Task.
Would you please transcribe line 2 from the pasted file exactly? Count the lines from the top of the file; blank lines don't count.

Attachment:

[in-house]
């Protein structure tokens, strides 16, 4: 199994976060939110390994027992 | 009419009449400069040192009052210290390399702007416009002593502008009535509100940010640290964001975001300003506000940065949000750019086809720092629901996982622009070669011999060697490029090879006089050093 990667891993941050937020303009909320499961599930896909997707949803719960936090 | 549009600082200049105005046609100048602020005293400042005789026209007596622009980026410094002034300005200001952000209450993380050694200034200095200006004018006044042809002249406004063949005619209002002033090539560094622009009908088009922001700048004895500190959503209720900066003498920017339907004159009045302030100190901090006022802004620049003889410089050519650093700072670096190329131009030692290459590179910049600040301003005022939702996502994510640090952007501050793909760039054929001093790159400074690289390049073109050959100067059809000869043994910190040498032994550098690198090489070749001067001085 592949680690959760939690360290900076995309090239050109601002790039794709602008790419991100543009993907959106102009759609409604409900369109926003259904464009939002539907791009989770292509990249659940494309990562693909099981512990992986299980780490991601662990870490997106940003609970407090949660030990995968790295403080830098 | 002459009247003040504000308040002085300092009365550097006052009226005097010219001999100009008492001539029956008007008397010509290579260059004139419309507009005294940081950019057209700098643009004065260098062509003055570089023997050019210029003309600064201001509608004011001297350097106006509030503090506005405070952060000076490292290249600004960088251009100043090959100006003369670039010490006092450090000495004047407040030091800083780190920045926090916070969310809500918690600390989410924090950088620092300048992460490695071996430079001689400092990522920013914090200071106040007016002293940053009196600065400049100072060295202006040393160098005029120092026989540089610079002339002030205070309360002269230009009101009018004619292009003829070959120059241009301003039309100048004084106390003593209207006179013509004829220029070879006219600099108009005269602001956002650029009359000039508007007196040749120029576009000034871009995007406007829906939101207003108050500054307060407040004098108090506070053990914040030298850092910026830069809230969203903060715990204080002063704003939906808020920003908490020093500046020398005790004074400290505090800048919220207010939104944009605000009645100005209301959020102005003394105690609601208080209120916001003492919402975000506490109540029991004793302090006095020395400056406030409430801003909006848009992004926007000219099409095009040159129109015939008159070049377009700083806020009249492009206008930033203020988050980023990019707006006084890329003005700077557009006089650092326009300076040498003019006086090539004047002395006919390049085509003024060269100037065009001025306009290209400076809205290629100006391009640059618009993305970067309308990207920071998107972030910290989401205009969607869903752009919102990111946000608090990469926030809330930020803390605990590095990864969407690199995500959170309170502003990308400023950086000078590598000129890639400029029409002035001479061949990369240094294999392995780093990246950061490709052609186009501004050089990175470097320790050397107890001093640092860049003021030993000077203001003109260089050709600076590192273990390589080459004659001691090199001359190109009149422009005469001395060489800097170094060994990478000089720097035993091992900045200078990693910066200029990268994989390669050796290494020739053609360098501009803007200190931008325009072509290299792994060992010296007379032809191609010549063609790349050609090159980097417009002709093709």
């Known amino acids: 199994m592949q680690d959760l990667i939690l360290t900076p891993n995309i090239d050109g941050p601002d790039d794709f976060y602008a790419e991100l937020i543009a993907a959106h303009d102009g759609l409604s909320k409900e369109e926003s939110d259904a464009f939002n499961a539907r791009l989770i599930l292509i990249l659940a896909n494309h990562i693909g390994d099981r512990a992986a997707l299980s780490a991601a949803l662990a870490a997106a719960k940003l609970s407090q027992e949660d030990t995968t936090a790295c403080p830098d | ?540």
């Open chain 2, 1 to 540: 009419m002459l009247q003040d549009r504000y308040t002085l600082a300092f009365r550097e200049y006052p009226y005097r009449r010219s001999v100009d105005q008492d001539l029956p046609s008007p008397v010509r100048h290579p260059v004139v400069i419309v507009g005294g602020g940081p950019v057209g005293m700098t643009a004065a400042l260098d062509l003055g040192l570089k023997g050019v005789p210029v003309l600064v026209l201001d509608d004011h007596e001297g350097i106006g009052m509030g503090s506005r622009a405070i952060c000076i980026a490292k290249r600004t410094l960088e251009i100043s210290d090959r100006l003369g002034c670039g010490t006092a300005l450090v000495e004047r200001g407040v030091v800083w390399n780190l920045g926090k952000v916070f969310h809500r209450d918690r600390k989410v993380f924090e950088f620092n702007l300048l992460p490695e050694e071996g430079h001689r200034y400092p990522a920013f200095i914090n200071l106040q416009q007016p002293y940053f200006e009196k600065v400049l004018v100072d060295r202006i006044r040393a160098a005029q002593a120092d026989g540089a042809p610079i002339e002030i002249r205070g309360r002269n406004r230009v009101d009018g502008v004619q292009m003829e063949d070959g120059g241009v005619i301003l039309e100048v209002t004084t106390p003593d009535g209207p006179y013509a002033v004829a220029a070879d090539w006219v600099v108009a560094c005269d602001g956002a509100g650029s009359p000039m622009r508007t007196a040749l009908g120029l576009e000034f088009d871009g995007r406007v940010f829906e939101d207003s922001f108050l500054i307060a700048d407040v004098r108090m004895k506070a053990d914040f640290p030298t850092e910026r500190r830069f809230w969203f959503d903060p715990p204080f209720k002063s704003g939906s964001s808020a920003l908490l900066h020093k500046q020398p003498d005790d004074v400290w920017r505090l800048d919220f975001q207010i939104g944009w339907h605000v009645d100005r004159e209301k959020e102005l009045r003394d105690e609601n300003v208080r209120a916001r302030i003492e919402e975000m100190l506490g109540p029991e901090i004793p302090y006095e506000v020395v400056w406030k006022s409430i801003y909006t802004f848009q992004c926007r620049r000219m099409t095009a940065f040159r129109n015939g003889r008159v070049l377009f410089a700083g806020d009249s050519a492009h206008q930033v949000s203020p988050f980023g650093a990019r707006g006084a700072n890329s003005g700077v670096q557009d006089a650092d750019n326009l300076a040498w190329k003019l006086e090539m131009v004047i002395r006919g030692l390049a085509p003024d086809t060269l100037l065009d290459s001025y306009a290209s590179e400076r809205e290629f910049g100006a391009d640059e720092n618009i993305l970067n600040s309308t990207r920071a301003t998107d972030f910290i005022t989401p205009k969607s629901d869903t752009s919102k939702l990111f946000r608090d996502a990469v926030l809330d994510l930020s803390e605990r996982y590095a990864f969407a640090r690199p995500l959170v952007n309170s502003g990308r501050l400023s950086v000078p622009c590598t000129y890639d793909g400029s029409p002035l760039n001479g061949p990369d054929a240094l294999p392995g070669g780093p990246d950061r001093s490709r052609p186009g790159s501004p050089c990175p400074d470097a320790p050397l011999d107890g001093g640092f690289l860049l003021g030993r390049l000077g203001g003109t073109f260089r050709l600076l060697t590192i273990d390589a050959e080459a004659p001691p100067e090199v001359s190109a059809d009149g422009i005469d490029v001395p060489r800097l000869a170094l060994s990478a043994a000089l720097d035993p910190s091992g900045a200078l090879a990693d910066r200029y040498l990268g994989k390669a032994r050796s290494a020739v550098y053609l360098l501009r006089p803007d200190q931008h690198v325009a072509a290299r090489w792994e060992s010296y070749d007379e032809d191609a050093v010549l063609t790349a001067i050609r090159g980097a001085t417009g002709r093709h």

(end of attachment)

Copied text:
């Protein structure tokens, strides 16, 4: 199994976060939110390994027992 | 009419009449400069040192009052210290390399702007416009002593502008009535509100940010640290964001975001300003506000940065949000750019086809720092629901996982622009070669011999060697490029090879006089050093 990667891993941050937020303009909320499961599930896909997707949803719960936090 | 549009600082200049105005046609100048602020005293400042005789026209007596622009980026410094002034300005200001952000209450993380050694200034200095200006004018006044042809002249406004063949005619209002002033090539560094622009009908088009922001700048004895500190959503209720900066003498920017339907004159009045302030100190901090006022802004620049003889410089050519650093700072670096190329131009030692290459590179910049600040301003005022939702996502994510640090952007501050793909760039054929001093790159400074690289390049073109050959100067059809000869043994910190040498032994550098690198090489070749001067001085 592949680690959760939690360290900076995309090239050109601002790039794709602008790419991100543009993907959106102009759609409604409900369109926003259904464009939002539907791009989770292509990249659940494309990562693909099981512990992986299980780490991601662990870490997106940003609970407090949660030990995968790295403080830098 | 002459009247003040504000308040002085300092009365550097006052009226005097010219001999100009008492001539029956008007008397010509290579260059004139419309507009005294940081950019057209700098643009004065260098062509003055570089023997050019210029003309600064201001509608004011001297350097106006509030503090506005405070952060000076490292290249600004960088251009100043090959100006003369670039010490006092450090000495004047407040030091800083780190920045926090916070969310809500918690600390989410924090950088620092300048992460490695071996430079001689400092990522920013914090200071106040007016002293940053009196600065400049100072060295202006040393160098005029120092026989540089610079002339002030205070309360002269230009009101009018004619292009003829070959120059241009301003039309100048004084106390003593209207006179013509004829220029070879006219600099108009005269602001956002650029009359000039508007007196040749120029576009000034871009995007406007829906939101207003108050500054307060407040004098108090506070053990914040030298850092910026830069809230969203903060715990204080002063704003939906808020920003908490020093500046020398005790004074400290505090800048919220207010939104944009605000009645100005209301959020102005003394105690609601208080209120916001003492919402975000506490109540029991004793302090006095020395400056406030409430801003909006848009992004926007000219099409095009040159129109015939008159070049377009700083806020009249492009206008930033203020988050980023990019707006006084890329003005700077557009006089650092326009300076040498003019006086090539004047002395006919390049085509003024060269100037065009001025306009290209400076809205290629100006391009640059618009993305970067309308990207920071998107972030910290989401205009969607869903752009919102990111946000608090990469926030809330930020803390605990590095990864969407690199995500959170309170502003990308400023950086000078590598000129890639400029029409002035001479061949990369240094294999392995780093990246950061490709052609186009501004050089990175470097320790050397107890001093640092860049003021030993000077203001003109260089050709600076590192273990390589080459004659001691090199001359190109009149422009005469001395060489800097170094060994990478000089720097035993091992900045200078990693910066200029990268994989390669050796290494020739053609360098501009803007200190931008325009072509290299792994060992010296007379032809191609010549063609790349050609090159980097417009002709093709």